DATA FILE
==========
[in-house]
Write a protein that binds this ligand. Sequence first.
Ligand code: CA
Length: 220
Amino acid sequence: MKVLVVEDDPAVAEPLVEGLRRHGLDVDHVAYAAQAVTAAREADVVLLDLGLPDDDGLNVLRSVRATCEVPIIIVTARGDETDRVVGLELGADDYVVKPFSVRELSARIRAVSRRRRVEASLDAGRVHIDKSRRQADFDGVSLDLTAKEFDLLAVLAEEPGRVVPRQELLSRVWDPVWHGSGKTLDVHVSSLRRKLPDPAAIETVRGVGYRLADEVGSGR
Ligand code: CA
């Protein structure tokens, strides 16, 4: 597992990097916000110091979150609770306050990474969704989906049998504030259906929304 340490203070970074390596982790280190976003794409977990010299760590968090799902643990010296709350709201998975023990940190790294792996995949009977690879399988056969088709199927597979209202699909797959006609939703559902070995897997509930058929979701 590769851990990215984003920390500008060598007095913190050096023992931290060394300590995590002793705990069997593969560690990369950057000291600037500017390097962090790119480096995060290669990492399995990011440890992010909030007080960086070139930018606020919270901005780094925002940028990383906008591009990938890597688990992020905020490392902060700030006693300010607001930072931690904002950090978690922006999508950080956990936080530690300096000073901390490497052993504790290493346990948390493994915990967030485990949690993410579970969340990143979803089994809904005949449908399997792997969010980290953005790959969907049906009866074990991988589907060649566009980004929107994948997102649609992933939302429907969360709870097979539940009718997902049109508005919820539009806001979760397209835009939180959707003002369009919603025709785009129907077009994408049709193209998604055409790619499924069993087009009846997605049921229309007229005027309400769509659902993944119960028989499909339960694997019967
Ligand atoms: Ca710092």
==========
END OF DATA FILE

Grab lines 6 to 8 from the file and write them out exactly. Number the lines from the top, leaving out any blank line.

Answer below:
Ligand code: CA
């Protein structure tokens, strides 16, 4: 597992990097916000110091979150609770306050990474969704989906049998504030259906929304 340490203070970074390596982790280190976003794409977990010299760590968090799902643990010296709350709201998975023990940190790294792996995949009977690879399988056969088709199927597979209202699909797959006609939703559902070995897997509930058929979701 590769851990990215984003920390500008060598007095913190050096023992931290060394300590995590002793705990069997593969560690990369950057000291600037500017390097962090790119480096995060290669990492399995990011440890992010909030007080960086070139930018606020919270901005780094925002940028990383906008591009990938890597688990992020905020490392902060700030006693300010607001930072931690904002950090978690922006999508950080956990936080530690300096000073901390490497052993504790290493346990948390493994915990967030485990949690993410579970969340990143979803089994809904005949449908399997792997969010980290953005790959969907049906009866074990991988589907060649566009980004929107994948997102649609992933939302429907969360709870097979539940009718997902049109508005919820539009806001979760397209835009939180959707003002369009919603025709785009129907077009994408049709193209998604055409790619499924069993087009009846997605049921229309007229005027309400769509659902993944119960028989499909339960694997019967
Ligand atoms: Ca710092």